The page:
Under Pres. Reagan's administration the "misery index" fell to less than 10%. Immediately upon taking office he set about to put his economic policies into action. His plan consisted of: drastically cutting taxes, abolishing much of federal regulation of certain businesses and government enforced monopolies, cutting congressional spending. He was much more successful at the first two, than the third, but that was enough; we are still reaping the benefits of the economic revolution his policies caused.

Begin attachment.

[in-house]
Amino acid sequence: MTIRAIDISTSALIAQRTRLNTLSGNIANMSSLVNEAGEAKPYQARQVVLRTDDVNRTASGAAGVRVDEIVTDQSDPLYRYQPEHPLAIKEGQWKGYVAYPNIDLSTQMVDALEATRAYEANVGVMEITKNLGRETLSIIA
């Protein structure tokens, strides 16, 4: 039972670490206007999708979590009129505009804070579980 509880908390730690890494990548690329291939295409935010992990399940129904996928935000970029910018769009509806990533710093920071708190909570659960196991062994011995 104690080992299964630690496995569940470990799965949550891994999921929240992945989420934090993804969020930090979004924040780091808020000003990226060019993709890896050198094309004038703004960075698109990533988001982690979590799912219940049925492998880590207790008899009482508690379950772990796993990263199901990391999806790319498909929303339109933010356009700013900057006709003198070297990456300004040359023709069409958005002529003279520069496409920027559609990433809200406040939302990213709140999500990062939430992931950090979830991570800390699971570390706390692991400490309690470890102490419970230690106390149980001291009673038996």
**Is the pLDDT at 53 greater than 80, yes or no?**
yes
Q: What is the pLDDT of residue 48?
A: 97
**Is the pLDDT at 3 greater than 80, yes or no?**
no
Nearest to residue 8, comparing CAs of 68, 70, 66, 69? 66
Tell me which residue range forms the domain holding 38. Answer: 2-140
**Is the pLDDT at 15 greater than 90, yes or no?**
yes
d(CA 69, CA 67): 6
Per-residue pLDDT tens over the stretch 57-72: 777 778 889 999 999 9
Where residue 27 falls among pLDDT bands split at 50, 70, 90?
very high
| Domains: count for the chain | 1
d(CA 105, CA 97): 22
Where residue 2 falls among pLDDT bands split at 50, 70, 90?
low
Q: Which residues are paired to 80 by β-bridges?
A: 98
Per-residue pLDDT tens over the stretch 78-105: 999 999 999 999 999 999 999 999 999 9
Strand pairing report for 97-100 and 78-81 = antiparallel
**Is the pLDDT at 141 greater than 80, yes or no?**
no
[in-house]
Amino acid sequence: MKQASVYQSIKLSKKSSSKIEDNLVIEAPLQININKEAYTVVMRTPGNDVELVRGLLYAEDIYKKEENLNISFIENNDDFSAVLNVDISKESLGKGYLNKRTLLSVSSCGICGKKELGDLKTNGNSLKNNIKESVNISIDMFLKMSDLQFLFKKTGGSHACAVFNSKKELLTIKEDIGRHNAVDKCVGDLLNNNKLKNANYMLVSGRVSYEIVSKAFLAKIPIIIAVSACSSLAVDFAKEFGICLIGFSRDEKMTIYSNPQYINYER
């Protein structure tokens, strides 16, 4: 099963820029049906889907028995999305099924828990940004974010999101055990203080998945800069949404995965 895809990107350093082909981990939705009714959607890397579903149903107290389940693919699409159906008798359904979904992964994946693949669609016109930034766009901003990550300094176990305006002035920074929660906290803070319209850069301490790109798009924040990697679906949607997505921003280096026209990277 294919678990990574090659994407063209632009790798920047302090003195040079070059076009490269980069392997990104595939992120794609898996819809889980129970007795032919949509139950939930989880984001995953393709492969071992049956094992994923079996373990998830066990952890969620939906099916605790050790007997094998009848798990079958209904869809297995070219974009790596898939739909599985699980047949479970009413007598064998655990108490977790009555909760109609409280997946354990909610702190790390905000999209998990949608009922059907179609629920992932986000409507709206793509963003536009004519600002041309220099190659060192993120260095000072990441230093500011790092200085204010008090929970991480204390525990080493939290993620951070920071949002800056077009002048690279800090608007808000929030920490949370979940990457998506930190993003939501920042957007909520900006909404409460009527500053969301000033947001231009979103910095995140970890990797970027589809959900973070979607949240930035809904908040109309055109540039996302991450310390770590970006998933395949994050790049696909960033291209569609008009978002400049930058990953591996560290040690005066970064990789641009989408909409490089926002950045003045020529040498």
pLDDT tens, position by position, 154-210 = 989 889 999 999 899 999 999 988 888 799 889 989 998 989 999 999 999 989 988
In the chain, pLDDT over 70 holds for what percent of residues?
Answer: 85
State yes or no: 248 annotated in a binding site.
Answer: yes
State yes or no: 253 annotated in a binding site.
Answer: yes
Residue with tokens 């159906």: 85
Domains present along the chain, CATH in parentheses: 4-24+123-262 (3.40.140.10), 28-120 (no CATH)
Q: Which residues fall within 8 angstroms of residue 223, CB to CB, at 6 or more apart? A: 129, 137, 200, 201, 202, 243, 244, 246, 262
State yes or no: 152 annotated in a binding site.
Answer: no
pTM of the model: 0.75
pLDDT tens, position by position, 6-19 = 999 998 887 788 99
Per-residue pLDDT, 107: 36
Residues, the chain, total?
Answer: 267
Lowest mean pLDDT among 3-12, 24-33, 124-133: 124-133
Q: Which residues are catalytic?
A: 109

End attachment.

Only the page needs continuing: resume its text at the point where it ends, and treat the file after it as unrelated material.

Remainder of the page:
But to me his greatest legacy is his courage and brilliance as a cold warrior. Contrary to the left-sported myth that Reagan was being "handled" by his inner circle of staff, many of them were horrified by his posture on world communism and the Soviets in particular. Remember that detent was the accepted best hope for American/Soviet relations by both political parties at the time. Budget Director, David Stockman, senior White House aide, and chief of staff Donald Regan have all been highly critical of the President in their memiors. Talking with Secretary of State George Shultz, his national security adviser, Robert McFarlane expressed his mystification at how Reagan knew so little and yet accomplished so much. Former President Nixon wrote books in the 1980s warning that "the Soviet system will not collapse" and "the most we can do is learn to live with our differences" through a policy of "hard headed detent." Richard Perle, then assistant secretary of defense once told President Reagan at a dinner party that the majority of the people in the defense department disagreed with his policies for dealing with the Soviet Union and were actively working to undermine them. At Reagan's first press conference in the Old Executive Office Building, he said that the signed agreements with the Soviets meant nothing because they had "openly and publicly declared that the only morality they recognize is what will further their cause, meaning they reserve unto themselves the right to commit any crime, to lie, to cheat." There was an audible gasp from those in attendance and Secretary of State Alexander Haig, standing in the corner of the room, conspicuously rolled his eyes. As for the other side of the political isle, the vituperation of his policies was rabid and unrelenting. The nuclear freeze movement--a kind of collective hysteria mixed with willful stupidity--swept through not just the United States, supported even by Republican Senator Mark Hatfield, but through the entire free world. A 1982 poll stated that more than 70% of Americans supported the nuclear freeze concept. In October of 1983 more than 2 million people demonstrated in London, Rome, Stockholm, Vienna, Paris and other European cities against proposed Pershing and cruise missile deployments in Europe in response to recently deployed Soviet SS-20s targeting Western Europe. And while comedians mocked him, the intelligensia fulminated him, political rivals fought him, and many of the middle class masses (like me) were mystified or alarmed at dangers the media decried, he continued to raise the military budget, strengthen our defenses, pressure the Soviets, not only with equivalent strategic arms to their build-ups, but the portent of new American scientific miracles such as the Strategic Defense Initiative (which the press mockingly dubbed "Star Wars").